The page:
There is no prospect that any western democracy will introduce those options, or any others with a comparable degree of repression. Even if porn consumers remain diffuse and unorganised, and even without a significant pro-porn movement, a voluntary transition to such a repressive regime is unimaginable.

Where will that leave porn prohibition campaigners? Perhaps isolated, frustrated, and bitter. Some might turn to direct action, as some earlier feminists did. However, even at the height of US feminist anti-porn campaigns in the 1980’s, violence was limited to occasional attacks on sex shops: there were a few arson attacks in Germany as well. (Since porn is now distributed online, there is no comparable target available today). In the end, the anti-porn campaigns of second-wave feminism simply collapsed: it is quite possible that will happen again.

That is not the end of the matter, however. The porn prohibition issue illustrates three failures of the democratic ideal.

Democracy is supposed to rest on a community (the ‘demos’) with shared fundamental values. Its members engage in a political process, to produce a harmonious society based on compromise and tolerance. In the case of porn prohibition, there is no community of shared values: anti-porn feminists differ irreconcilably from men (and women) who watch porn. Their differences outweigh any sense of shared national identity, which is supposed to bind the ‘demos’ in modern democracies. A national community, which purports to unite radical feminists with pornographers, rapists and serial killers of women, is obviously a fiction.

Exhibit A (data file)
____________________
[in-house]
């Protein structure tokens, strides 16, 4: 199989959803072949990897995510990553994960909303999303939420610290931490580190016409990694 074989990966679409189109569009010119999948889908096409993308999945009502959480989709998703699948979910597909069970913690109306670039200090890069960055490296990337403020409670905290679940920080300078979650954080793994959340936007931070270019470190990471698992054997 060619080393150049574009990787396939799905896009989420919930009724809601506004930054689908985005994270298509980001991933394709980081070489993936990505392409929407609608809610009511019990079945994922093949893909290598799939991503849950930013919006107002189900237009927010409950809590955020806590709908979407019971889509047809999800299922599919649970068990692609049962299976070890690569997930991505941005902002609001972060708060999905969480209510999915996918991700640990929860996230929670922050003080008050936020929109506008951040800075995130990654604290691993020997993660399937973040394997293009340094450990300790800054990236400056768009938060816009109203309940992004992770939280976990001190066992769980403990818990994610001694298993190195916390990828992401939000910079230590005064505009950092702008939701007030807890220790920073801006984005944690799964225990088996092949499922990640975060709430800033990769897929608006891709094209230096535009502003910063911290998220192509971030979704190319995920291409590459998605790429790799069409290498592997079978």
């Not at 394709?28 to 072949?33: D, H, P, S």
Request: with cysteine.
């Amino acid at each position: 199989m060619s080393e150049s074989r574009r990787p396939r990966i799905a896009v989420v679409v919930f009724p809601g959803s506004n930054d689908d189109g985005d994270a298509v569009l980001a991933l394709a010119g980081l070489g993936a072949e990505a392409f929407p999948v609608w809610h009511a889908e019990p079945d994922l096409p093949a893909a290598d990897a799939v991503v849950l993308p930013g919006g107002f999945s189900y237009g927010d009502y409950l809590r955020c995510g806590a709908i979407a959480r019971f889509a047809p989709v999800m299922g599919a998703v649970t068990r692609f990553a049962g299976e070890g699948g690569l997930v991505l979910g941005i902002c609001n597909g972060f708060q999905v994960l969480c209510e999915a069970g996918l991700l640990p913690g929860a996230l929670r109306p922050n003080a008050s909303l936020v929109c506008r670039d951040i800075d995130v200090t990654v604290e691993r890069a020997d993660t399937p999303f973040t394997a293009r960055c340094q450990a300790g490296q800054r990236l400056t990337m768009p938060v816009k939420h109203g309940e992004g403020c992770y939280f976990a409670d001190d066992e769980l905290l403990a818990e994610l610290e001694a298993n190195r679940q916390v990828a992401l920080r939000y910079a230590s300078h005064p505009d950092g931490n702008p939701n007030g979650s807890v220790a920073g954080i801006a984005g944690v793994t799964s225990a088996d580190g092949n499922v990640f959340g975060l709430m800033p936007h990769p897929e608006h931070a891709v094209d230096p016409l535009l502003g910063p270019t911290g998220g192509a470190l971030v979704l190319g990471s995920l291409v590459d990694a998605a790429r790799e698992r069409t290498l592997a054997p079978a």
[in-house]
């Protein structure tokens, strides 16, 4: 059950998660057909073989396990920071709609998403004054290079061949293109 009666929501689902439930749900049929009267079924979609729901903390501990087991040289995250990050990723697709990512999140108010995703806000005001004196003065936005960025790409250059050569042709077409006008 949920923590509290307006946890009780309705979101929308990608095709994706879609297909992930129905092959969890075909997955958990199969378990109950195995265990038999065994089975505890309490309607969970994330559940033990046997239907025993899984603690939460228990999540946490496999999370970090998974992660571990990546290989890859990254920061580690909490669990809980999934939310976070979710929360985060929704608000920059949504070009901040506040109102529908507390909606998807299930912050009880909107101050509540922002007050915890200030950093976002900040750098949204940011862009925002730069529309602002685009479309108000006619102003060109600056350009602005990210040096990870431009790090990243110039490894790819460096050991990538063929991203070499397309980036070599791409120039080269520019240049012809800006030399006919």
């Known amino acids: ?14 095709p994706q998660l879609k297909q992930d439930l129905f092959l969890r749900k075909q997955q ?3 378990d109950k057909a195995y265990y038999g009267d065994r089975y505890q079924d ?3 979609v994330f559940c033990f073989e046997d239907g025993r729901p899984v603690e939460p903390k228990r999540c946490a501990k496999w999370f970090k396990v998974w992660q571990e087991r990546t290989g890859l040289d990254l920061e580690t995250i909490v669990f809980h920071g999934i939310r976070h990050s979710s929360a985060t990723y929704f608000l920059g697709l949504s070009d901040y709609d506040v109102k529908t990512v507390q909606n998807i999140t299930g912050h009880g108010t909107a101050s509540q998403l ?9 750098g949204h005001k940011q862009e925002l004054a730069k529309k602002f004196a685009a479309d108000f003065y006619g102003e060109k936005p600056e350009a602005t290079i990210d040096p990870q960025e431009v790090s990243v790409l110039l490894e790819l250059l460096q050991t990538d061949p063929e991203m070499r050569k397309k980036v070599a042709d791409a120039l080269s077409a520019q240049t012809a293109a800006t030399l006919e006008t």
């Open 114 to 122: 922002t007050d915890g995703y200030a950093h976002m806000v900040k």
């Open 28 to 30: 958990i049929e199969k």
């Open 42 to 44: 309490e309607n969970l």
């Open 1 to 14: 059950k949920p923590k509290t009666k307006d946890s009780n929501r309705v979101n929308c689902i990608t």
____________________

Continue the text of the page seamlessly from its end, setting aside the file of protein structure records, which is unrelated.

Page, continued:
Secondly, the political process offers no way to resolve the issue : all debate is pointless, because the positions are irreconcilable and contradictory. Feminist prohibitionists do not accept any contra-prohibition argument as valid, and usually regard their opponents as malevolent. That is why it is unnecessary to consider the nature of porn here, or the circumstances of its production, or its effects. The relevant facts for the state are that a prohibitionist movement exists, that it does not include the entire population, and that others do not want prohibition.

Thirdly, democracy obviously offers no possibility for prohibitionist feminists to implement their aspirations, and to shape society in accordance with their beliefs. In this specific case their aspiration is a porn-free society, and since they stand no chance of creating it through the democratic process, they can not have it. Feminism is a necessarily repressive ideology, because it seeks a primarily negative transformation of society: feminists want to abolish certain things. State repression is the inevitable policy instrument, and that brings feminists into conflict with non-feminists, as in the case of porn prohibition. Democracies are designed to prevent a minority from imposing unpopular repression on the majority.